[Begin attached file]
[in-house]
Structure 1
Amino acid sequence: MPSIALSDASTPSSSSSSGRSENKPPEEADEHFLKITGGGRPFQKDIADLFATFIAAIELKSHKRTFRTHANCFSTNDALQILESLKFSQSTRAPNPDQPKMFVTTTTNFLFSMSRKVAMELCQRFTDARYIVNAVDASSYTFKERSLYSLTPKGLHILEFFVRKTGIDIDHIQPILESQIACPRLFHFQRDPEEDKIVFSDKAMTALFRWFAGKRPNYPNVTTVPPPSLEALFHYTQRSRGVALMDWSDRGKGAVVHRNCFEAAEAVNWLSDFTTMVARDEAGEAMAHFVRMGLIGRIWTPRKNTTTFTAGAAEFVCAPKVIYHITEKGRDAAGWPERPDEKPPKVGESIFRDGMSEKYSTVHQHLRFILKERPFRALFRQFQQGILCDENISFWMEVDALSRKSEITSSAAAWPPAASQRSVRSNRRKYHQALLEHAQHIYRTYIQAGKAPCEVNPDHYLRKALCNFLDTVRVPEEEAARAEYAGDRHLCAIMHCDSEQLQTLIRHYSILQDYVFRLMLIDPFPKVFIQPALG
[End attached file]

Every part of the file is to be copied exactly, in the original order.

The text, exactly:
[in-house]
Structure 1
Amino acid sequence: MPSIALSDASTPSSSSSSGRSENKPPEEADEHFLKITGGGRPFQKDIADLFATFIAAIELKSHKRTFRTHANCFSTNDALQILESLKFSQSTRAPNPDQPKMFVTTTTNFLFSMSRKVAMELCQRFTDARYIVNAVDASSYTFKERSLYSLTPKGLHILEFFVRKTGIDIDHIQPILESQIACPRLFHFQRDPEEDKIVFSDKAMTALFRWFAGKRPNYPNVTTVPPPSLEALFHYTQRSRGVALMDWSDRGKGAVVHRNCFEAAEAVNWLSDFTTMVARDEAGEAMAHFVRMGLIGRIWTPRKNTTTFTAGAAEFVCAPKVIYHITEKGRDAAGWPERPDEKPPKVGESIFRDGMSEKYSTVHQHLRFILKERPFRALFRQFQQGILCDENISFWMEVDALSRKSEITSSAAAWPPAASQRSVRSNRRKYHQALLEHAQHIYRTYIQAGKAPCEVNPDHYLRKALCNFLDTVRVPEEEAARAEYAGDRHLCAIMHCDSEQLQTLIRHYSILQDYVFRLMLIDPFPKVFIQPALG